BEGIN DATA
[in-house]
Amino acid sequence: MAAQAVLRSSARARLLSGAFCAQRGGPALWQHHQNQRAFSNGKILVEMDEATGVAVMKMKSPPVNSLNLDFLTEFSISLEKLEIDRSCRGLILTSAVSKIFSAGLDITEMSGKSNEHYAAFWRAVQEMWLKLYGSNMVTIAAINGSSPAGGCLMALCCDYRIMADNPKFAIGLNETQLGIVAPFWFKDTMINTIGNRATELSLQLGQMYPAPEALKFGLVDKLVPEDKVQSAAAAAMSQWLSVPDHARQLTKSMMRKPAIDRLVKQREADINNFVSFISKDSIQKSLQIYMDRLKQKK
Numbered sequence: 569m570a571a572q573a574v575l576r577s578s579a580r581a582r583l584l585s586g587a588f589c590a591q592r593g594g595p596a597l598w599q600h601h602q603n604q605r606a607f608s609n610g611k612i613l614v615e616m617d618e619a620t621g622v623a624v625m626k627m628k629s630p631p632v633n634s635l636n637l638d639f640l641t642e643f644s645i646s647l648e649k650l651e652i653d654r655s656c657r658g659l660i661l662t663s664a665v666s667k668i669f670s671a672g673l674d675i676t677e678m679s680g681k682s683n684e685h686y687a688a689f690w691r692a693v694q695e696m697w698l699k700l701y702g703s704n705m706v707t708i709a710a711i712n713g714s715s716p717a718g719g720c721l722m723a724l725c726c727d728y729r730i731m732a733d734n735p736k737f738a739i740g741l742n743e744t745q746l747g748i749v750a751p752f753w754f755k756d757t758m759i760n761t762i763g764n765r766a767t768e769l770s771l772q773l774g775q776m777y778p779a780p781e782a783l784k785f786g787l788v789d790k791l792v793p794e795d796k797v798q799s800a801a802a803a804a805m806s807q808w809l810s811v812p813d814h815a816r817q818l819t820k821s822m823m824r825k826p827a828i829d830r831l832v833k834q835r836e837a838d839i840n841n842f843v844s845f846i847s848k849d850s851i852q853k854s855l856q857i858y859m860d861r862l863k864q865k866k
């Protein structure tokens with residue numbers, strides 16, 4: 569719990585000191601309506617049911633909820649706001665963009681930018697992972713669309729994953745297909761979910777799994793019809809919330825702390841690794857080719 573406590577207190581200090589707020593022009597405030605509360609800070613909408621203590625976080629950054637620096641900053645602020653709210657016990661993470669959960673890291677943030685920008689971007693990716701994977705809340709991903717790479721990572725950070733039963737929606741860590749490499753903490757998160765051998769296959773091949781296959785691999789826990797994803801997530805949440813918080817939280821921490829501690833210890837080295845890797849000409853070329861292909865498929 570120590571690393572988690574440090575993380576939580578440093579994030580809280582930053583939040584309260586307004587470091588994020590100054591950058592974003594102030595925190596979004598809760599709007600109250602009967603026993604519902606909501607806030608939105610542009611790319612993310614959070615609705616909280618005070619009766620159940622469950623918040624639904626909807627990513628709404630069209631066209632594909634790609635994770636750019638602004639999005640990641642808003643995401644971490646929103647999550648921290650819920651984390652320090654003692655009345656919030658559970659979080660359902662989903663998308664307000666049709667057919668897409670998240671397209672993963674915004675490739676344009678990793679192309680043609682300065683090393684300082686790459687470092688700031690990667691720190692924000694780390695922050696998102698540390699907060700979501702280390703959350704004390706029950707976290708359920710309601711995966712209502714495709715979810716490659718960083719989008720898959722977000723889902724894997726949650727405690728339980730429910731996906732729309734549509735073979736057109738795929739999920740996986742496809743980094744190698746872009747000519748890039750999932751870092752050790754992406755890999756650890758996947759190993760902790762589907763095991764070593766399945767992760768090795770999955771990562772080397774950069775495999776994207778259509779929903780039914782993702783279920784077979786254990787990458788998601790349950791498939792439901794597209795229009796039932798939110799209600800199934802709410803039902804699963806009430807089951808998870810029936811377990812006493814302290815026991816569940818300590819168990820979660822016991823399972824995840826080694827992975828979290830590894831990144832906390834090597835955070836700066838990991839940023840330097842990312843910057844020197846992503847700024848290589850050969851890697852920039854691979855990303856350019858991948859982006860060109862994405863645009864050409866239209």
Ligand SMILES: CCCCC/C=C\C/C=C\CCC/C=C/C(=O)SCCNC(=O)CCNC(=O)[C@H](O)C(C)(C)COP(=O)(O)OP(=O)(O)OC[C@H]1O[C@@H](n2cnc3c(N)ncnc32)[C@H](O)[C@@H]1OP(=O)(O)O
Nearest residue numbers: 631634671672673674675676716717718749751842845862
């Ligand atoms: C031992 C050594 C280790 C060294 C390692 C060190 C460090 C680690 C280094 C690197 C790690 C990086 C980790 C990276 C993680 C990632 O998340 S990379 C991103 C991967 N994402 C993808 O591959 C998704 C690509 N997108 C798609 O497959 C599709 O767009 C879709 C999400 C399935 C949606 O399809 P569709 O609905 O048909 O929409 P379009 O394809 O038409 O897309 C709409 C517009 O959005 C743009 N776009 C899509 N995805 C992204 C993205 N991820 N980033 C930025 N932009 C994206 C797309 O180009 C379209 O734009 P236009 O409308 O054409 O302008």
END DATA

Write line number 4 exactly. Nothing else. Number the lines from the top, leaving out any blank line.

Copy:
């Protein structure tokens with residue numbers, strides 16, 4: 569719990585000191601309506617049911633909820649706001665963009681930018697992972713669309729994953745297909761979910777799994793019809809919330825702390841690794857080719 573406590577207190581200090589707020593022009597405030605509360609800070613909408621203590625976080629950054637620096641900053645602020653709210657016990661993470669959960673890291677943030685920008689971007693990716701994977705809340709991903717790479721990572725950070733039963737929606741860590749490499753903490757998160765051998769296959773091949781296959785691999789826990797994803801997530805949440813918080817939280821921490829501690833210890837080295845890797849000409853070329861292909865498929 570120590571690393572988690574440090575993380576939580578440093579994030580809280582930053583939040584309260586307004587470091588994020590100054591950058592974003594102030595925190596979004598809760599709007600109250602009967603026993604519902606909501607806030608939105610542009611790319612993310614959070615609705616909280618005070619009766620159940622469950623918040624639904626909807627990513628709404630069209631066209632594909634790609635994770636750019638602004639999005640990641642808003643995401644971490646929103647999550648921290650819920651984390652320090654003692655009345656919030658559970659979080660359902662989903663998308664307000666049709667057919668897409670998240671397209672993963674915004675490739676344009678990793679192309680043609682300065683090393684300082686790459687470092688700031690990667691720190692924000694780390695922050696998102698540390699907060700979501702280390703959350704004390706029950707976290708359920710309601711995966712209502714495709715979810716490659718960083719989008720898959722977000723889902724894997726949650727405690728339980730429910731996906732729309734549509735073979736057109738795929739999920740996986742496809743980094744190698746872009747000519748890039750999932751870092752050790754992406755890999756650890758996947759190993760902790762589907763095991764070593766399945767992760768090795770999955771990562772080397774950069775495999776994207778259509779929903780039914782993702783279920784077979786254990787990458788998601790349950791498939792439901794597209795229009796039932798939110799209600800199934802709410803039902804699963806009430807089951808998870810029936811377990812006493814302290815026991816569940818300590819168990820979660822016991823399972824995840826080694827992975828979290830590894831990144832906390834090597835955070836700066838990991839940023840330097842990312843910057844020197846992503847700024848290589850050969851890697852920039854691979855990303856350019858991948859982006860060109862994405863645009864050409866239209």